The next 12 months are sure to see many UK law reviews and legislative changes that allegedly aim to clamp down on the UK’s ‘compensation culture’. Media reports suggest that a huge number of feckless scam artists are pursuing false and fraudulent compensation claims as a way to earn an income, that almost everyone involved in a car accident makes a whiplash injury claim, and that employers are dealing with a burgeoning number of accident at work compensation claims involving foolhardy employees that are entirely to blame for their own injuries.
But is this true? Despite government ministers’ and media figures’ claims of a compensation culture, statistics do not seem to back this argument up. Many of the outrageous lawsuits people discuss when referring to compensation culture are either complete urban legends, or are based on a true story but twisted beyond all recognition, with the few genuine ‘outrageous lawsuits’ people have made failing at the first hurdle and with the claimant not receiving a penny of compensation.
Data also indicates that the number of compensation claims made in the UK has fallen dramatically over recent years. A TUC-backed investigation published in workplace health journal Hazards revealed that the number of successful accident at work compensation claims in the country fell by nearly 60% in the last decade, dropping from a total of 219,183 in 2000 to 2001 to fall to 87,655 in 2011 to 2012.
The lack of a compensation culture is starkly illustrated by the fact that over 4,000 people die of work-related emphysema and chronic bronchitis in 2011 to 2012, but just 59 of these succeeded in a compensation claim over the year. While there were 221,000 cases of work-related depression, anxiety or stress from 2011 to 201, only 293 successful industrial illness claims cited these conditions as the illness during this timeframe. It appears a vanishingly small proportion of genuinely-injured people actually claim compensation.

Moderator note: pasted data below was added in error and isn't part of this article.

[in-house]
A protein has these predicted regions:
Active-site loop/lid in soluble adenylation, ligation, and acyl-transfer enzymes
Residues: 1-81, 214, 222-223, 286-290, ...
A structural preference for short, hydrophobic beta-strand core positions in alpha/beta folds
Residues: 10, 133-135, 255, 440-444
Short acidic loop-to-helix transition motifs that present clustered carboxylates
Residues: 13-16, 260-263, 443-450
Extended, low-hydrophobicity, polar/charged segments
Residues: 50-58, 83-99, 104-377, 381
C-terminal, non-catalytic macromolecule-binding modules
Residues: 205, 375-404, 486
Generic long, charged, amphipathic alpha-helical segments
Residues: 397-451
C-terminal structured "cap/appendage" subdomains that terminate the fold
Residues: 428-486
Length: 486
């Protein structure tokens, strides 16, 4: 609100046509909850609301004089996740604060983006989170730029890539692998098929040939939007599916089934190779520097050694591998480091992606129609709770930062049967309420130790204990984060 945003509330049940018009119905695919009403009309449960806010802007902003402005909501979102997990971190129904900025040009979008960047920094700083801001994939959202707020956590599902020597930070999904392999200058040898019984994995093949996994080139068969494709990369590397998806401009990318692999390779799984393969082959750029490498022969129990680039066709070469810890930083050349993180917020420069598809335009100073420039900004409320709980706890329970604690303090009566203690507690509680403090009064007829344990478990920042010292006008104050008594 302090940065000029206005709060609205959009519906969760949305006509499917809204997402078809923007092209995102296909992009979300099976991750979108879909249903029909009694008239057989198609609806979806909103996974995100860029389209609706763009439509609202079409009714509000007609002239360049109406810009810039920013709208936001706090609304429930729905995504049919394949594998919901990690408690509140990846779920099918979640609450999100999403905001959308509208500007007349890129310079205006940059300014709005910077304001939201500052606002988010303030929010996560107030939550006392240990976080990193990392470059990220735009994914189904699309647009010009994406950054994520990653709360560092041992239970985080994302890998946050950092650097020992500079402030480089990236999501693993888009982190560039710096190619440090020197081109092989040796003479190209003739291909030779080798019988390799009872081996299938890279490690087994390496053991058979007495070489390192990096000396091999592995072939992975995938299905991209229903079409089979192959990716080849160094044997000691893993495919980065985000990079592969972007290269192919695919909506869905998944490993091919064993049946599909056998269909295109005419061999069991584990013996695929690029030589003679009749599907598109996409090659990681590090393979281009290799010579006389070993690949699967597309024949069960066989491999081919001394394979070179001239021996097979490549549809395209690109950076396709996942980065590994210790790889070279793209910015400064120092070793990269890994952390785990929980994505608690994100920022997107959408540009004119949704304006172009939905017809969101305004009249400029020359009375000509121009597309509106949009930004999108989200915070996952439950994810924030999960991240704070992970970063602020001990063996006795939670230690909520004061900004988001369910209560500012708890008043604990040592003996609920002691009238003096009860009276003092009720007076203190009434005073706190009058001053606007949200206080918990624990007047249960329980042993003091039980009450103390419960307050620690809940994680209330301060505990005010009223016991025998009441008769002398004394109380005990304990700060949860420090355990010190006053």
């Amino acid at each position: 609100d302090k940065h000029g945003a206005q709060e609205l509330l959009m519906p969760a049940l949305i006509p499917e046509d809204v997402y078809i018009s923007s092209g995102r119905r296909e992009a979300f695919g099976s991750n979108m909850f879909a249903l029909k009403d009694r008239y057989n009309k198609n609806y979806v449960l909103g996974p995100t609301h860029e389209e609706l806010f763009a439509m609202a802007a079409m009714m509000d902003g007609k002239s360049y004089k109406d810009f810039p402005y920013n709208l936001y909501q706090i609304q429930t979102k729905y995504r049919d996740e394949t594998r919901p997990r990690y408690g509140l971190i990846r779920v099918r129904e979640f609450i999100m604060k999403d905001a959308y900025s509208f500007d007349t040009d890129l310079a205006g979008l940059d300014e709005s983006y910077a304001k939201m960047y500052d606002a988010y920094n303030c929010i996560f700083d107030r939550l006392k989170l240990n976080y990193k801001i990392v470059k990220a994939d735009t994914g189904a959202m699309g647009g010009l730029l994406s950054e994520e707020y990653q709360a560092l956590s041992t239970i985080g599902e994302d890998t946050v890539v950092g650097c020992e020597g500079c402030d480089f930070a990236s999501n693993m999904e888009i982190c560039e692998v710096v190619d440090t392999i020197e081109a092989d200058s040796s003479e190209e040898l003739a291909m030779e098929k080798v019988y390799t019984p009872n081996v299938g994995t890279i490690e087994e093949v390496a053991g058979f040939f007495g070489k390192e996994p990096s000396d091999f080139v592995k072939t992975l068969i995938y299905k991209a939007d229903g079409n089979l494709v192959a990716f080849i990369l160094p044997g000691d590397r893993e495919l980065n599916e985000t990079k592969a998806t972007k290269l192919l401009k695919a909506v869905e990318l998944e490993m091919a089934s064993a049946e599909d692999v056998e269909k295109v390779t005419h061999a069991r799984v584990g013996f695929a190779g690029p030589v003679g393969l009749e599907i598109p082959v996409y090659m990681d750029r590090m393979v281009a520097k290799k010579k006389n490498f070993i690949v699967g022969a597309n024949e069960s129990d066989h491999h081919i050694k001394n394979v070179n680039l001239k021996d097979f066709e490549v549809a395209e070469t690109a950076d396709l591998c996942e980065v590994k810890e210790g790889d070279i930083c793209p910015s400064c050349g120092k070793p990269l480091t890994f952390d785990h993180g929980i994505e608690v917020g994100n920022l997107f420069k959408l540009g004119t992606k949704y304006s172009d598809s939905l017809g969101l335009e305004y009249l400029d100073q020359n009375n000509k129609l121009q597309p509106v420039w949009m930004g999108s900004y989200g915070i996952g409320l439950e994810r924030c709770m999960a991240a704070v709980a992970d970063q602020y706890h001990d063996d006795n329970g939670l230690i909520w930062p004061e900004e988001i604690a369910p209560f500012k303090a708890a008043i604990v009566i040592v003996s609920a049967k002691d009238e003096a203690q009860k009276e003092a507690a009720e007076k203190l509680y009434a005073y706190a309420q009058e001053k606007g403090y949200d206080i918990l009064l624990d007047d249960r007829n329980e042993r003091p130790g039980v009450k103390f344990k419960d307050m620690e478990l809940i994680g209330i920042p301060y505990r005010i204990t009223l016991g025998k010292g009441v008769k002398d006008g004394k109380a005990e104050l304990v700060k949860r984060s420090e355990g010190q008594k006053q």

Figures like this must be why Master of the Rolls Lord Dyson said compensation culture is a “media-created perception”, and that the government, the legal profession and the courts should work together to counteract this notion. He stated that no developments in UK personal injury law could be said to have encouraged the creation of a compensation culture, and that the recent Jackson reforms will further discourage people from making unmeritorious compensation claims. Nonetheless, Lord Dyson argued that the country is unlikely to see any reduction in the number of media reports about the rising ‘compensation culture’, regardless of any decline in the number of personal injury claims.
Perhaps the common complainers about the UK’s alleged compensation culture have ulterior motives. Insurers would certainly like fewer people to claim personal injury compensation, as this would increase their profit margins. Unscrupulous employers may wish to dissuade people from claiming compensation so they can ignore workplace safety measures. The continual media narrative about compensation culture is likely to make people who have got a genuine claim for compensation feel like making a claim is somehow shameful or unacceptable, causing further unnecessary reductions in the overall number of claims.
Very few people would suggest that people who have genuinely been injured due to an organisation’s negligence should be prevented from claiming compensation against that organisation’s insurance company, but if the Coalition’s UK law reviews into tort reform continue in the same vein, this may well be the case in the future.